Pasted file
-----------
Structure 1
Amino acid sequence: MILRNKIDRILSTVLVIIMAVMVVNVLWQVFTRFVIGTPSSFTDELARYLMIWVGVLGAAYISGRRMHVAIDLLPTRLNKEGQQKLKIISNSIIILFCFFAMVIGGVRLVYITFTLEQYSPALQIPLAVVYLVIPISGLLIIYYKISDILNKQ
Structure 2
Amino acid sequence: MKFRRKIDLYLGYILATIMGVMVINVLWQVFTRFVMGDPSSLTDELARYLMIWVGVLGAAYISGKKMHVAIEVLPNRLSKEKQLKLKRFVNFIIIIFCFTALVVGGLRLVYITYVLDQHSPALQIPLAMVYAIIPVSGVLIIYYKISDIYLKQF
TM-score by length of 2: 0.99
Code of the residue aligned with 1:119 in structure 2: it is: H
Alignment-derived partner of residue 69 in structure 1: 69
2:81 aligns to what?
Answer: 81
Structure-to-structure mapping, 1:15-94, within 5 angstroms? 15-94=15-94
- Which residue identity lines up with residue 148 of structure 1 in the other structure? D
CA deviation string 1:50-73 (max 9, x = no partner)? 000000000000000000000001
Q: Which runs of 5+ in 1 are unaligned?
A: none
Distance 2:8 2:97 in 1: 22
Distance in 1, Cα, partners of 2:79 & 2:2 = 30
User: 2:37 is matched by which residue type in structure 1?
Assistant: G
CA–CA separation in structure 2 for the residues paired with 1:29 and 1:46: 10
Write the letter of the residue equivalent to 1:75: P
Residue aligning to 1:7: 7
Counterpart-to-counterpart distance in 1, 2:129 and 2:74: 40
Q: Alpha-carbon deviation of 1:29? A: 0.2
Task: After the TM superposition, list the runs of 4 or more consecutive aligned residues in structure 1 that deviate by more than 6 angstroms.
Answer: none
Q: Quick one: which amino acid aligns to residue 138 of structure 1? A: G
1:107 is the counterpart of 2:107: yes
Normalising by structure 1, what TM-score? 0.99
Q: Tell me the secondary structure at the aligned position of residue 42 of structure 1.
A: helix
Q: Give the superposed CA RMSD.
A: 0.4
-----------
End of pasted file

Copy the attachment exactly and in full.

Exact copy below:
Structure 1
Amino acid sequence: MILRNKIDRILSTVLVIIMAVMVVNVLWQVFTRFVIGTPSSFTDELARYLMIWVGVLGAAYISGRRMHVAIDLLPTRLNKEGQQKLKIISNSIIILFCFFAMVIGGVRLVYITFTLEQYSPALQIPLAVVYLVIPISGLLIIYYKISDILNKQ
Structure 2
Amino acid sequence: MKFRRKIDLYLGYILATIMGVMVINVLWQVFTRFVMGDPSSLTDELARYLMIWVGVLGAAYISGKKMHVAIEVLPNRLSKEKQLKLKRFVNFIIIIFCFTALVVGGLRLVYITYVLDQHSPALQIPLAMVYAIIPVSGVLIIYYKISDIYLKQF
TM-score by length of 2: 0.99
Code of the residue aligned with 1:119 in structure 2: it is: H
Alignment-derived partner of residue 69 in structure 1: 69
2:81 aligns to what?
Answer: 81
Structure-to-structure mapping, 1:15-94, within 5 angstroms? 15-94=15-94
- Which residue identity lines up with residue 148 of structure 1 in the other structure? D
CA deviation string 1:50-73 (max 9, x = no partner)? 000000000000000000000001
Q: Which runs of 5+ in 1 are unaligned?
A: none
Distance 2:8 2:97 in 1: 22
Distance in 1, Cα, partners of 2:79 & 2:2 = 30
User: 2:37 is matched by which residue type in structure 1?
Assistant: G
CA–CA separation in structure 2 for the residues paired with 1:29 and 1:46: 10
Write the letter of the residue equivalent to 1:75: P
Residue aligning to 1:7: 7
Counterpart-to-counterpart distance in 1, 2:129 and 2:74: 40
Q: Alpha-carbon deviation of 1:29? A: 0.2
Task: After the TM superposition, list the runs of 4 or more consecutive aligned residues in structure 1 that deviate by more than 6 angstroms.
Answer: none
Q: Quick one: which amino acid aligns to residue 138 of structure 1? A: G
1:107 is the counterpart of 2:107: yes
Normalising by structure 1, what TM-score? 0.99
Q: Tell me the secondary structure at the aligned position of residue 42 of structure 1.
A: helix
Q: Give the superposed CA RMSD.
A: 0.4